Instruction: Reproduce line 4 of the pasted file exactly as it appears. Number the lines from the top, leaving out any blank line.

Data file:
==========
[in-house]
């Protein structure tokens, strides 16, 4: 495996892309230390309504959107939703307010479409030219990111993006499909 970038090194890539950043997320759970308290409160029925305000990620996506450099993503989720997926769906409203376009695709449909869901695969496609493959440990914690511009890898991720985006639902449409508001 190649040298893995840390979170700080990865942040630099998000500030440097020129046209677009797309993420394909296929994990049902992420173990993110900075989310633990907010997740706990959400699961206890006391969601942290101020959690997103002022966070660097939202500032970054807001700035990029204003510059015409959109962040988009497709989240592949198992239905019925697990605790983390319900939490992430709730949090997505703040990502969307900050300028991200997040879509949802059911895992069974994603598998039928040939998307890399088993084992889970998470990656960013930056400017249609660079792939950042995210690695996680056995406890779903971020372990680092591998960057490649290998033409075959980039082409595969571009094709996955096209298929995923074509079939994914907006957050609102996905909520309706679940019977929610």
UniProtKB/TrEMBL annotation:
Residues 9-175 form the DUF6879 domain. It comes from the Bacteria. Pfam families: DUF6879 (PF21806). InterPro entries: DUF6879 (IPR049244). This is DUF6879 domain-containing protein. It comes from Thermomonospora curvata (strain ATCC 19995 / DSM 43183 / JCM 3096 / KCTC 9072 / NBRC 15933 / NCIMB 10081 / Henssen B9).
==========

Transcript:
Residues 9-175 form the DUF6879 domain. It comes from the Bacteria. Pfam families: DUF6879 (PF21806). InterPro entries: DUF6879 (IPR049244). This is DUF6879 domain-containing protein. It comes from Thermomonospora curvata (strain ATCC 19995 / DSM 43183 / JCM 3096 / KCTC 9072 / NBRC 15933 / NCIMB 10081 / Henssen B9).